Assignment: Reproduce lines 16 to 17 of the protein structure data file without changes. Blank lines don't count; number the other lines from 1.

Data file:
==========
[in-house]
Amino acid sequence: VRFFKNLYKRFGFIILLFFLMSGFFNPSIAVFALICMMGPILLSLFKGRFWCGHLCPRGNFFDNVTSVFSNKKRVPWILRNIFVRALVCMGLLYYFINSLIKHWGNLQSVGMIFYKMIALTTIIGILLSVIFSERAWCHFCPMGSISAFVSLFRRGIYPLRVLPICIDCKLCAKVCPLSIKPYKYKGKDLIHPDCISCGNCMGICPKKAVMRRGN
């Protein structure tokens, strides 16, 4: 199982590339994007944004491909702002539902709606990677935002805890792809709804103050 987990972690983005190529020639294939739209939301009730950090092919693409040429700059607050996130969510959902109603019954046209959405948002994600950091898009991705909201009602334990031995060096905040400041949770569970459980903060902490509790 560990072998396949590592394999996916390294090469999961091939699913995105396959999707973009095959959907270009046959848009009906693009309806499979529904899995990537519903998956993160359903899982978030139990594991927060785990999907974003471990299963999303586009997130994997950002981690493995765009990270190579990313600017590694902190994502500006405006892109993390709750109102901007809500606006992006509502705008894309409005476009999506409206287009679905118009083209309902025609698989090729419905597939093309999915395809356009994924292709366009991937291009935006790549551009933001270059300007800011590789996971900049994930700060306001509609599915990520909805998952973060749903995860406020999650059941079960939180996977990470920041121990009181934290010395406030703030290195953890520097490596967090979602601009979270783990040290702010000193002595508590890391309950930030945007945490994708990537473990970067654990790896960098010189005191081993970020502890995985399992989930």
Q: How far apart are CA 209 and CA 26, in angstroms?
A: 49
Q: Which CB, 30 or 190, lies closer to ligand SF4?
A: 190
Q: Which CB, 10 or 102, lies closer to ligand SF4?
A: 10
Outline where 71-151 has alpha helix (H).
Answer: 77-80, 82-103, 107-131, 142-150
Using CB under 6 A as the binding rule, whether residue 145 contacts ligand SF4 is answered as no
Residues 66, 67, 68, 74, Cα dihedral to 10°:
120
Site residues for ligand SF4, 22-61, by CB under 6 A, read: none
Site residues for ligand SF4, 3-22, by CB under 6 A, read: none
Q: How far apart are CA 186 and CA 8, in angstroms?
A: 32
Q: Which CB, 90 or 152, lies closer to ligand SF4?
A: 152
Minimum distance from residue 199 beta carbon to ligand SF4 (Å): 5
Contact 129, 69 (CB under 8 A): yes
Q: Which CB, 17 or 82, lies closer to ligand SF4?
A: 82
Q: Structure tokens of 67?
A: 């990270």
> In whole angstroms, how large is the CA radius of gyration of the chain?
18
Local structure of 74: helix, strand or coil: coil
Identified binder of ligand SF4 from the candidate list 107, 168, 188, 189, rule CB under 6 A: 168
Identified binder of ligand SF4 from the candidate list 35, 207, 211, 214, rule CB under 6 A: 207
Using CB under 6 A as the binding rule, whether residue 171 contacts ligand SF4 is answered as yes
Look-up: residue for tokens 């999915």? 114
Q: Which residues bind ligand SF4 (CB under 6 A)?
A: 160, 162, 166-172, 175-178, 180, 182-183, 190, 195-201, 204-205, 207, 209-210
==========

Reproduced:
Site residues for ligand SF4, 3-22, by CB under 6 A, read: none
Q: How far apart are CA 186 and CA 8, in angstroms?